Packaging Your Pitch: Raising Seed

Having sat on both sides of the table for raising seed capital, I wanted to provide notes that might be helpful to any founder pursuing their first round of equity funding. You want a well-packaged story about you, the team, the product, and the opportunity. Remember that risk is everything to investors. So while you’re mostly selling a vision as a pre-seed or seed company, you need to incorporate as many de-risking elements as possible. There are a few buckets where you can do this.

Vetting the Founding Team:
Early stage is the riskiest round as it produces the highest rate of failure. “The team” is one of the biggest inputs at this stage and one of the most straightforward ways to reduce risk perception. A track record of past success can be strong evidence for future returns. Repeat entrepreneurs get the easiest pass on this, but that’s because they’ve already been put through the ringer. They’ve done the hard things and they’re prepared for the challenges ahead — be it known hurdles, or unknown curveballs that can cost time and money. The potential for loss is subjectively reduced.

If this is your first time founding a business, you should confidently point to other indicators of success:
a) Leadership of a business unit at another top performing company
b) Integral role in scaling or managing something related

Alternatively, domain expertise is another strong point in your favor:
a) You’re an expert on the field into which you’re selling and have years of experience
b) You hold a patent on proprietary tech

If you don’t have a gold-plated resume, you need to validate yourself by other means:
a) Warm introduction from a respected member in the community, be it another founder, investor, or executive in a relevant field.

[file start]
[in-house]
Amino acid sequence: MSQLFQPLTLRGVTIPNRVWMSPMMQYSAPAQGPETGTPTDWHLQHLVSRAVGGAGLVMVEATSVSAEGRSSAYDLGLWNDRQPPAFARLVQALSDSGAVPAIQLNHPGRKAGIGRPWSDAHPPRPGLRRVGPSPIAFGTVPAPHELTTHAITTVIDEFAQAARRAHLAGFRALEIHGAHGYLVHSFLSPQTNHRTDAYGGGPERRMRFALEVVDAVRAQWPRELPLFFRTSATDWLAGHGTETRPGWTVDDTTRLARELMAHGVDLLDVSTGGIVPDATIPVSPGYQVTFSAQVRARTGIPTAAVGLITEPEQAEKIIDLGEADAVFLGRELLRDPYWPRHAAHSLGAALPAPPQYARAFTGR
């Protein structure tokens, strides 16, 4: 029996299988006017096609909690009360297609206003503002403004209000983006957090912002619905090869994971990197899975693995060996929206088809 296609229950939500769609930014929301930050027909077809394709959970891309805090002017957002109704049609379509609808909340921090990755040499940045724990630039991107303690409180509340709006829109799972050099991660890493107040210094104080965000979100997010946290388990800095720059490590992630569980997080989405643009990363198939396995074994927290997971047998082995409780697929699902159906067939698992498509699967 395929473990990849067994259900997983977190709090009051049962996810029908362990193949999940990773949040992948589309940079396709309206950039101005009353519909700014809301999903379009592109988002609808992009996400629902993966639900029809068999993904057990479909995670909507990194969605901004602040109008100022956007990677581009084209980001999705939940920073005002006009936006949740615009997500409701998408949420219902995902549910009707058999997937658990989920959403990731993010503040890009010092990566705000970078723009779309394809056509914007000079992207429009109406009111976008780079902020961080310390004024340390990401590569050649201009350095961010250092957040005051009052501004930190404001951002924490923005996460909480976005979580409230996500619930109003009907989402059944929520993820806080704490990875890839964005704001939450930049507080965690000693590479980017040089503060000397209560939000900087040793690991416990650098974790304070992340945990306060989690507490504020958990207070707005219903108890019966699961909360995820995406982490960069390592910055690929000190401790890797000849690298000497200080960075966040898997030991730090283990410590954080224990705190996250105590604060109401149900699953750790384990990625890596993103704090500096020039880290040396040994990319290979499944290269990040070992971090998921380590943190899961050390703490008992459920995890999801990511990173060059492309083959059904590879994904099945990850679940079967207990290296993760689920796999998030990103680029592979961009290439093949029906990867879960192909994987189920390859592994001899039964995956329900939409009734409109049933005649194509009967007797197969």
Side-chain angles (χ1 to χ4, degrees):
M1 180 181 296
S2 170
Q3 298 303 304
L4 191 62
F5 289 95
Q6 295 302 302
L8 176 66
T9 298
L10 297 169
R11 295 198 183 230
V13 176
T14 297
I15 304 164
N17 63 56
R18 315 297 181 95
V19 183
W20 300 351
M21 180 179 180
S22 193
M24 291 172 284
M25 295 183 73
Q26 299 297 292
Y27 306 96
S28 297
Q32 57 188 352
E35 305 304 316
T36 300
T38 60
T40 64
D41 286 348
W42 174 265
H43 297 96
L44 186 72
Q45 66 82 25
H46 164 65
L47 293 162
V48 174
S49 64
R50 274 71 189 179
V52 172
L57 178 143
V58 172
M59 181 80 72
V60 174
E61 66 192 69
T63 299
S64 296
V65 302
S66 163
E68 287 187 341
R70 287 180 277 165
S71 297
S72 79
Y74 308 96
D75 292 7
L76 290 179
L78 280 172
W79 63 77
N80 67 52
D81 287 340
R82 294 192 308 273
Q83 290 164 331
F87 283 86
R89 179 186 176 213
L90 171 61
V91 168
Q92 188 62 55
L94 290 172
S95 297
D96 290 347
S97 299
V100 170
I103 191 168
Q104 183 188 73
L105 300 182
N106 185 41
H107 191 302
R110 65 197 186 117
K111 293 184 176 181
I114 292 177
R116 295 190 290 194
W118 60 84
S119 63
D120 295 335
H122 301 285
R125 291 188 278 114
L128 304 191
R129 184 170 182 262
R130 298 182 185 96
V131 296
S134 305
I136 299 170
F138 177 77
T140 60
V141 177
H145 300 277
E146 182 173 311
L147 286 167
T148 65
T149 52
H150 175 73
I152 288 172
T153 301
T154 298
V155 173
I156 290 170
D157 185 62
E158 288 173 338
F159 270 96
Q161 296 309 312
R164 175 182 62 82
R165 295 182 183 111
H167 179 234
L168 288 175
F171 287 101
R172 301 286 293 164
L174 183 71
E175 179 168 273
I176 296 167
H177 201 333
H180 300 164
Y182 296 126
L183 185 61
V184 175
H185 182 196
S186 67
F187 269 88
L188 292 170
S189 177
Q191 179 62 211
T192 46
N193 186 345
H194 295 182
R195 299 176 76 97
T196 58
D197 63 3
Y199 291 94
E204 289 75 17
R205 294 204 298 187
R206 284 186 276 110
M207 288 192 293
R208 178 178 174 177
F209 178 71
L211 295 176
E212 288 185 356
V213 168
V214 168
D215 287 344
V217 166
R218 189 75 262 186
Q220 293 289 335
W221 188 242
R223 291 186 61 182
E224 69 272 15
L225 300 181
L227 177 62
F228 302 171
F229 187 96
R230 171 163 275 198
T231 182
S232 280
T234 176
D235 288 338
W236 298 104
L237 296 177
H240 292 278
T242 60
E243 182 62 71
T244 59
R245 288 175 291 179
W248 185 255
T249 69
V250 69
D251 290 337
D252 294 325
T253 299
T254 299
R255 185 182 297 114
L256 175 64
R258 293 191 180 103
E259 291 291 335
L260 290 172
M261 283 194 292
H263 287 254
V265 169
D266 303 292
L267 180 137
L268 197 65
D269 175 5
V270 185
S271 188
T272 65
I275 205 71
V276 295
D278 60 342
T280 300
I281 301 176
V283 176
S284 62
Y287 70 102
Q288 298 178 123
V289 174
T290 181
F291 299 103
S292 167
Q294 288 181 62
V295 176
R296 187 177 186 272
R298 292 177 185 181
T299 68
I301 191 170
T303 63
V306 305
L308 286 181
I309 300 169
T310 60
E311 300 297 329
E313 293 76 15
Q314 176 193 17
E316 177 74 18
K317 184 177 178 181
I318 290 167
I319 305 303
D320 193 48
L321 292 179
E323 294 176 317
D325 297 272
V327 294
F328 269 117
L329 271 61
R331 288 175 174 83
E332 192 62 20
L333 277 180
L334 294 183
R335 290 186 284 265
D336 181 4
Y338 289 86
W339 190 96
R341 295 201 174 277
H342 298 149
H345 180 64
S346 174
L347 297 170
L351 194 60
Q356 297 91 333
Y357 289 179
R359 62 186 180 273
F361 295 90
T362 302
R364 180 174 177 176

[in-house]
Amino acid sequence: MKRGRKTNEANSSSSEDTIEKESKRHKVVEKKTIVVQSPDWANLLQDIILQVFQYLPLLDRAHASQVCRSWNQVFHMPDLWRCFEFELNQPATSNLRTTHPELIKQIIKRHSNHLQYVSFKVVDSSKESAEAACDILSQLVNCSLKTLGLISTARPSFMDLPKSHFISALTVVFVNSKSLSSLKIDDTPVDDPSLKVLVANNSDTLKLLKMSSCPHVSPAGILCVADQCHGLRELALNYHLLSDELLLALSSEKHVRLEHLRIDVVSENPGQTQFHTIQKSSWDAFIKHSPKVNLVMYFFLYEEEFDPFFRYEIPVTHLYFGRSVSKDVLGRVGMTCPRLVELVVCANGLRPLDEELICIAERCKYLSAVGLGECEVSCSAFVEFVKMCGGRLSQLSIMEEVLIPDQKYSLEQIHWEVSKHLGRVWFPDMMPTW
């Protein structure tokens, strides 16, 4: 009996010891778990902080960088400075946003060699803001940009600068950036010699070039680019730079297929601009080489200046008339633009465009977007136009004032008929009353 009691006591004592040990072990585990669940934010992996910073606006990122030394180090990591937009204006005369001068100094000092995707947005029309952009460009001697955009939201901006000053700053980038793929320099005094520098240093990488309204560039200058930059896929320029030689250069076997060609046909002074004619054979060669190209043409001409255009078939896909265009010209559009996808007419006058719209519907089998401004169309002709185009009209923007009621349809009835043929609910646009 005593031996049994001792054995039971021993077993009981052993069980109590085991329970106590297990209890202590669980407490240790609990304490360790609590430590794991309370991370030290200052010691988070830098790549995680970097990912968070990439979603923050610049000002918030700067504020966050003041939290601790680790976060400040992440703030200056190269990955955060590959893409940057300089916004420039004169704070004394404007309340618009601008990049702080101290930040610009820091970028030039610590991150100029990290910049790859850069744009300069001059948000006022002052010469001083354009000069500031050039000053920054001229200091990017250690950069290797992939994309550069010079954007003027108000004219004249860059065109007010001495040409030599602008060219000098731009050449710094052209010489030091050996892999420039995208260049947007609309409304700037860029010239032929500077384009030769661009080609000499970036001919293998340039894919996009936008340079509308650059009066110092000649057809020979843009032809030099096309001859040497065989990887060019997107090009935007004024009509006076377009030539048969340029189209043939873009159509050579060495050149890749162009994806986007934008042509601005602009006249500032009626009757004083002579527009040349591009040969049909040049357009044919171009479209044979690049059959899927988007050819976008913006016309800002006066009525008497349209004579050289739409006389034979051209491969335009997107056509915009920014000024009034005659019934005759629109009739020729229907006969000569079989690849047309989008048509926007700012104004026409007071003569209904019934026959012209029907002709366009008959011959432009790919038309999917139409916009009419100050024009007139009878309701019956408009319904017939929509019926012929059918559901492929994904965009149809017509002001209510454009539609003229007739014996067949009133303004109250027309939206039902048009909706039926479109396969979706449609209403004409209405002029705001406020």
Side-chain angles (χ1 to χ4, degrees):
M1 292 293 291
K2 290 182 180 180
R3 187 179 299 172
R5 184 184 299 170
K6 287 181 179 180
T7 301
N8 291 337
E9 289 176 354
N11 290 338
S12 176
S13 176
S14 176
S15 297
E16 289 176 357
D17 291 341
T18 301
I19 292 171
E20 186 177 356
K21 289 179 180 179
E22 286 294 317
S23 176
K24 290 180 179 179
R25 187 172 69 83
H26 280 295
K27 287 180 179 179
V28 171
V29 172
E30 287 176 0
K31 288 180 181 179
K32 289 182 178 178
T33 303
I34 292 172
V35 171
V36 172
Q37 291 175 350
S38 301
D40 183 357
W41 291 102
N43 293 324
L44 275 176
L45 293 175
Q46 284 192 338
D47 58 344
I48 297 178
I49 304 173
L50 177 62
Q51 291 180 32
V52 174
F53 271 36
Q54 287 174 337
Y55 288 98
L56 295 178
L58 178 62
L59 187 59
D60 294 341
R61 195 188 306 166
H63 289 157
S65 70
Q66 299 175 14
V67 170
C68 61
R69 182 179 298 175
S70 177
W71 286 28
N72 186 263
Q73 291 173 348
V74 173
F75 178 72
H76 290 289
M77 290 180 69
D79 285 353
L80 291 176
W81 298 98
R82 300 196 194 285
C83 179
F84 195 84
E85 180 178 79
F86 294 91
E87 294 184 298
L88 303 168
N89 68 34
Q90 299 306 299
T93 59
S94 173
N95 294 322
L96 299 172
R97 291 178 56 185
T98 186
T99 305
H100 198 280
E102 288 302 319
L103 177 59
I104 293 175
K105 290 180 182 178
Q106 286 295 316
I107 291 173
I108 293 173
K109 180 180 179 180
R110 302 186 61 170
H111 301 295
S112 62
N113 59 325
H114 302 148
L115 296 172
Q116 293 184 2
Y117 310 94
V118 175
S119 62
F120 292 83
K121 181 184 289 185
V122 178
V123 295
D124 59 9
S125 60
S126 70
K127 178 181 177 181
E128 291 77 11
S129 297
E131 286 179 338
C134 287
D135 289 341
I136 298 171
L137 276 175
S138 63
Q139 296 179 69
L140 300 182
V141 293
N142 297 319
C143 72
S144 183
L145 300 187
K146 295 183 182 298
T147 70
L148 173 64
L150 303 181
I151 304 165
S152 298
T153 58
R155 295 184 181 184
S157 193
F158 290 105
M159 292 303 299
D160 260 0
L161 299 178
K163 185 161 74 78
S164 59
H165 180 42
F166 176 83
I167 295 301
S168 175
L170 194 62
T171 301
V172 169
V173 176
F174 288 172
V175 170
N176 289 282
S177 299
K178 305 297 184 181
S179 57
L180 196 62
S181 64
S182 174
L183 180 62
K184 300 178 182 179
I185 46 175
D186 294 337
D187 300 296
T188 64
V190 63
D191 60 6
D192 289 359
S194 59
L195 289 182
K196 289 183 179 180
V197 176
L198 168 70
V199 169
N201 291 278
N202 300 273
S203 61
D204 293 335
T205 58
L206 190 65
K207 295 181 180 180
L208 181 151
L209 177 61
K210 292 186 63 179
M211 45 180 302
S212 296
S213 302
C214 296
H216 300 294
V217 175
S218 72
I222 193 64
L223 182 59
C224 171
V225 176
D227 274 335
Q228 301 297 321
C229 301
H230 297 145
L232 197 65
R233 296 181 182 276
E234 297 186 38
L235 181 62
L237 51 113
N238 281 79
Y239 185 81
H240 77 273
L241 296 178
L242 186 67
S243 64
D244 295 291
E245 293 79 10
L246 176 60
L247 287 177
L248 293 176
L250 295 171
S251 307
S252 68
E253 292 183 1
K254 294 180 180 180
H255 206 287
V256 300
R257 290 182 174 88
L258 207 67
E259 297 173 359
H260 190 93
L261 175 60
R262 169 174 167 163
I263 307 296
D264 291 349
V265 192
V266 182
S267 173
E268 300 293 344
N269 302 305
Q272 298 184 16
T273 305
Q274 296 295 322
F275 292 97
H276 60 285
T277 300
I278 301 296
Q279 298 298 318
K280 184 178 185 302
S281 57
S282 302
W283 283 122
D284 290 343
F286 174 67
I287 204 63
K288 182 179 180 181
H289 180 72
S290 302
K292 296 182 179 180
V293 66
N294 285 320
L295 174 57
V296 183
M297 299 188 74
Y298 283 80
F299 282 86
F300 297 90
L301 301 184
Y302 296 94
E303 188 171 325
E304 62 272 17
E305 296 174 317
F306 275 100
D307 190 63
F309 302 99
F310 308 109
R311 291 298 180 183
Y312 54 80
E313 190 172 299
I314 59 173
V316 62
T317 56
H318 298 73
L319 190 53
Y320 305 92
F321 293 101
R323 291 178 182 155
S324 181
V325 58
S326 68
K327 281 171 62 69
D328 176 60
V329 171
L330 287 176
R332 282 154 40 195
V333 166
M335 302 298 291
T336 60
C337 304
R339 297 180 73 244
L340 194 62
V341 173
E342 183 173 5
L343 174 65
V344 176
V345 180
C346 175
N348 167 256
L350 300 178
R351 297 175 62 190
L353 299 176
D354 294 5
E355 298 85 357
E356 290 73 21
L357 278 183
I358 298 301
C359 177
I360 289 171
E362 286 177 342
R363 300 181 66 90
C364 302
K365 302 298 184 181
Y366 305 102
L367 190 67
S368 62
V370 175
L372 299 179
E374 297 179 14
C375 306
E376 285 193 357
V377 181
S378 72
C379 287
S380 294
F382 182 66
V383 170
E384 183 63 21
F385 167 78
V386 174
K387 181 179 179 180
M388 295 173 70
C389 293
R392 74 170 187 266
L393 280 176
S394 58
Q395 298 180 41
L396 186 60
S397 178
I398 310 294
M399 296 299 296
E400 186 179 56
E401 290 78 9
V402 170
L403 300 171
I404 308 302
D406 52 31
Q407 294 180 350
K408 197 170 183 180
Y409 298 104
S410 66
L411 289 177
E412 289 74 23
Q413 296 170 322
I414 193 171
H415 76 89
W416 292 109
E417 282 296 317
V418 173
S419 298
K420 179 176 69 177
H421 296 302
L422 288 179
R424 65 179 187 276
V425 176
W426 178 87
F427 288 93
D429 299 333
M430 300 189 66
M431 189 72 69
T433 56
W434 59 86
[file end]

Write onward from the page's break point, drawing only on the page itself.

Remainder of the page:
b) Acceptance into an accelerator or incubator program.

At the earliest stage of a business that intends to scale, investors are buying you, your network, your acumen, and your hustle. Even the best laid plans often result in a fundamental business pivot, and investors want to know why you, specifically you, are the best one (along with your team) to relentlessly hunt down success.

Vetting the Product / Company:
Your first product won’t be perfect, far from it. Reid Hoffman famously said, “If you are not embarrassed by the first version of your product, you’ve launched too late”

The key pieces on product are:
- what are you solving?
- how does it work?
- why is it easier, faster, better OR why will it be novel, adored, sticky
- what have you learned?

You’d be surprised how many pitches burn way too much time without a clear explanation of what is the thing you’re selling. This should be condensed to a sentence: We make X that does Y for Z.

B2B startups tend to walk though a customer use-case as a common tactic where you can illustrate existing pain or friction. Try to tie your product to the revenue potential for your customer — regardless whether the direct impact is more sales, more efficiency, or more security…you want to convince the investor that your product will support revenue growth for your customer. Bonus: now you’re teasing in a well-packaged sales pitch.

A lot of the same can be done relative to consumer products, but sometimes it’s not about solving pain, it’s something delightfully fresh. Consumer brands can be tricky when it’s more about lifestyle vs utility, so lean on your differentiated strengths even if behind the scenes (optimizing supply chain, COGS, inventory management, user generated assets).